The Canadian Network for Environmental Education & Communication (EECOM) is Canada’s only national, bilingual, charitable network for environmental learning.
Each year, EECOM partners with an environmental organization or agency in a different province to offer a conference bringing together environmental educators and communicators from government, non-profit, education and academia sectors.
From May 30 to June 1, 2012, EECOM partnered with the Canadian Environmental Studies Association, the Canadian Community of Practice in Ecosystem Approaches to Health, and Making Ourselves Useful: Environmental Scholarship in an Unsustainable World, for a large “mega conference” held in Waterloo, Ontario.
The EECOM conference featured 33 sessions with 45 different presentations from across the country. I presented about the HaltonRecycles social media program which includes this blog and Twitter.
I really enjoyed Jillian Baker’s presentation “Are You Climate Smarter Than A Fourth Grader?” In Nova Scotia, Jillian undertook a study of grade four students’ understanding of climate change. Student’s water-colour paintings were used as an assessment tool to identify common misconceptions as to the cause or science of climate change, and then to learn how students’ understanding changed or improved after a series of educational activities. I really appreciated the use of visual arts as a learning and assessment tool, one that I think we too often forget about in a rush to test with quizzes and exams.
Jocelyn Murtell presented on “Encouraging Emancipatory Environmental Behaviours in Secondary School Students.” I admit, I didn’t quite know what this would be about, but it was interesting. Her study looked at special four-credit environmental studies programs, and whether high school students moved beyond “domestic” environmental behaviours like recycling, to “emancipatory” behaviours rooted more in activism and environmental social justice.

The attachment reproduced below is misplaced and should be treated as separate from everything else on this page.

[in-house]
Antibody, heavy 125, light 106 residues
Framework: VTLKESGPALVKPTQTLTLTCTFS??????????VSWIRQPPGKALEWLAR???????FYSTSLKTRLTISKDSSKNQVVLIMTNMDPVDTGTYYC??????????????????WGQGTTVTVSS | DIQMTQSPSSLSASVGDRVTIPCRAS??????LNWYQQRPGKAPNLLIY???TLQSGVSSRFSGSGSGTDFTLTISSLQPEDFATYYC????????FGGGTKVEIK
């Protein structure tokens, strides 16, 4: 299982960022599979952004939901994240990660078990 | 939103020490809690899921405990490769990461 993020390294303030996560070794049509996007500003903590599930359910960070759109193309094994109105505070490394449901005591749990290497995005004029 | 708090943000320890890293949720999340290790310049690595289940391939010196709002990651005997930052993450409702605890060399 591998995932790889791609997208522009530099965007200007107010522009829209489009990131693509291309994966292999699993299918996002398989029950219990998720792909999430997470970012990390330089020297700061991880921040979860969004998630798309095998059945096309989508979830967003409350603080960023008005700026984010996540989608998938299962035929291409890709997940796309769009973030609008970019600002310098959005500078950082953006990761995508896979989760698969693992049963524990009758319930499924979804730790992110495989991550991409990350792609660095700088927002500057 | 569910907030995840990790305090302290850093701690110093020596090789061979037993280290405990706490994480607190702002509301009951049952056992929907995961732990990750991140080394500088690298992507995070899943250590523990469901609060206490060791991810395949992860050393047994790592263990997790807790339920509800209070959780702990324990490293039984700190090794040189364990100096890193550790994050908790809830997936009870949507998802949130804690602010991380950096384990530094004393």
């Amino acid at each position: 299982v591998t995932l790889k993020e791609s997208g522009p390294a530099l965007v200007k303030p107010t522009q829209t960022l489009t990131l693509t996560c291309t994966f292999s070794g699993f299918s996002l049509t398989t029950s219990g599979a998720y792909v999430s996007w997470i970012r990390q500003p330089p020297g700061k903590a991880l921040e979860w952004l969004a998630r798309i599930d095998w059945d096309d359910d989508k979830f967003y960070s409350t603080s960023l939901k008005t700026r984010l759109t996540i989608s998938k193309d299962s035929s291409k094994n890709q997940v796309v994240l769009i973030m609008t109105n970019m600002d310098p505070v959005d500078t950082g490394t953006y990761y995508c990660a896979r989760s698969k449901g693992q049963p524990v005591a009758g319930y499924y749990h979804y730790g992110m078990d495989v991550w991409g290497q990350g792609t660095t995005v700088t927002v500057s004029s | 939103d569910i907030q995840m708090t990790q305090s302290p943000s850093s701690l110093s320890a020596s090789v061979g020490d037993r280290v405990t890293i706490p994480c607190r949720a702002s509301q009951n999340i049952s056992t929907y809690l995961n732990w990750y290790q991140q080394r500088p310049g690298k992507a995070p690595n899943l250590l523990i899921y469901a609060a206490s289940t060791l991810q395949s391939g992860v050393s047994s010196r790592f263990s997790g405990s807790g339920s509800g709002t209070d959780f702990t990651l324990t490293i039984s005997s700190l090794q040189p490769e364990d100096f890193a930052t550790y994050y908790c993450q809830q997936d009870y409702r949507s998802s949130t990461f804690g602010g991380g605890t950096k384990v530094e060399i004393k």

It was funny that I traveled to Waterloo to be reminded about the great education programs offered by our neighbours at the Royal Botanical Gardens (RBG). Ian Hendry presented on “Environmental Education Programs: Integrating New Technologies.” The RBG offers many outdoor environmental educational programs, many of which use new technologies like smart phones, GPSs, digital cameras, and video conferencing to make nature more relevant to a technologically savvy, “plugged-in” youth generation. I really liked the demonstration of the digital data loggers, small handheld devices that use various probes to instantly measure and record temperature, light, pH, dissolved oxygen, nitrates, phosphates, turbidity, and rate of flow — kind of like a Star Trek “tricorder.”
Environmental education is alive and well in Canada. Organizations like EECOM enable educators and communicators to share best practices, present important research, and network. This enables participants, like Halton Region, to develop education programs and communication programs — rooted in sound research — that are efficient and effective.
If you attended the conference, what did you take take away from it?